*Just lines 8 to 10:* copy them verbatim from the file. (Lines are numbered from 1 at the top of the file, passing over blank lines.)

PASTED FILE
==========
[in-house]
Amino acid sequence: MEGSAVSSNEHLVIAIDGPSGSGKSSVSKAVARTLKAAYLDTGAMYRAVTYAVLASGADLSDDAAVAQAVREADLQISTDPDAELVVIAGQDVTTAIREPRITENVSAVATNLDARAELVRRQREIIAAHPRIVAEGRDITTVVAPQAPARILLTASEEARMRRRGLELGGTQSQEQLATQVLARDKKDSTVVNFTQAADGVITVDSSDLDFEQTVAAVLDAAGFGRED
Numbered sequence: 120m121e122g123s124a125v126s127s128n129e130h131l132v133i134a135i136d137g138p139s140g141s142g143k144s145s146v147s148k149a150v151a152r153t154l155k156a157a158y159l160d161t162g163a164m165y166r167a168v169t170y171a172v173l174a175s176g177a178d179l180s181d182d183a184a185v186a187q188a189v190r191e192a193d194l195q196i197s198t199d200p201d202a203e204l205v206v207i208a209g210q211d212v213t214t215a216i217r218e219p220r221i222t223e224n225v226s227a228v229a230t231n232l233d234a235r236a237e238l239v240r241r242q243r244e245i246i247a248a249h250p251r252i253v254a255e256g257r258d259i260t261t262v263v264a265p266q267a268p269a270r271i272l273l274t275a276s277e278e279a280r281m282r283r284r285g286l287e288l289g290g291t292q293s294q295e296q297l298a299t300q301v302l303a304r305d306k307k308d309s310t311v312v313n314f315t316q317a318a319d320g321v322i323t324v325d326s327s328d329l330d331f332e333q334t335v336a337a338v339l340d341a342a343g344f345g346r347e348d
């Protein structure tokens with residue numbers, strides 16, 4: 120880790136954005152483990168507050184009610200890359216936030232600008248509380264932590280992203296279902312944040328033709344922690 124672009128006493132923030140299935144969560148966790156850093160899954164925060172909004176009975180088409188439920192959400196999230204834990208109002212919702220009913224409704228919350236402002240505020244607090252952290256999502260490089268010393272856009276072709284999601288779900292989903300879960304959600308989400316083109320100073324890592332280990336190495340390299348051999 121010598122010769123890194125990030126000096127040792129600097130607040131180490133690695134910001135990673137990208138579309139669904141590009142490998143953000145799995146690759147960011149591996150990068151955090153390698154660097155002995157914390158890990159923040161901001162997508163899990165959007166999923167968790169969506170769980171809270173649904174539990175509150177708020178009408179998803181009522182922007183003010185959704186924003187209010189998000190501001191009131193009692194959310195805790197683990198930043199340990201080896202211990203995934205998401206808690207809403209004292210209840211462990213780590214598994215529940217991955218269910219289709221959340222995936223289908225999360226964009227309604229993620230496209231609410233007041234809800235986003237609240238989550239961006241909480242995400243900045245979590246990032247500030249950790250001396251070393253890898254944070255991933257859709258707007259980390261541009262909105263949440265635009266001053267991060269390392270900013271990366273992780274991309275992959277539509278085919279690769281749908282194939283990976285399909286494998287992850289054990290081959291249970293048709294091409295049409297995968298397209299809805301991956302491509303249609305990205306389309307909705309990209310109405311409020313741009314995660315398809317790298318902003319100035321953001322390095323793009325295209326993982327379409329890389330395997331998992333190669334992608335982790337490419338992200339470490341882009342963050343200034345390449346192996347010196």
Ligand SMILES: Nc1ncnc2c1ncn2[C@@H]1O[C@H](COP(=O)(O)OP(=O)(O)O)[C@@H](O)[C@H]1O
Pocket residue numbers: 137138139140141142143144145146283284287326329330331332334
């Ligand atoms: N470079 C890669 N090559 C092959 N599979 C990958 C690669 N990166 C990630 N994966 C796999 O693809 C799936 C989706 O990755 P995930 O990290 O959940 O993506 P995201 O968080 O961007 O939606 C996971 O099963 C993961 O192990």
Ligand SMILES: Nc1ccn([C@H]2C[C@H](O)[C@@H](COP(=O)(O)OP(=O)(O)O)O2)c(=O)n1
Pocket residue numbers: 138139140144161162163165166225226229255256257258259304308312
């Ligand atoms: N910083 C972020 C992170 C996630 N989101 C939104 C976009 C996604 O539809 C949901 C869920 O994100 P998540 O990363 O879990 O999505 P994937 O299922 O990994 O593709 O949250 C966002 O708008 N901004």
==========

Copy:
Ligand SMILES: Nc1ccn([C@H]2C[C@H](O)[C@@H](COP(=O)(O)OP(=O)(O)O)O2)c(=O)n1
Pocket residue numbers: 138139140144161162163165166225226229255256257258259304308312
């Ligand atoms: N910083 C972020 C992170 C996630 N989101 C939104 C976009 C996604 O539809 C949901 C869920 O994100 P998540 O990363 O879990 O999505 P994937 O299922 O990994 O593709 O949250 C966002 O708008 N901004």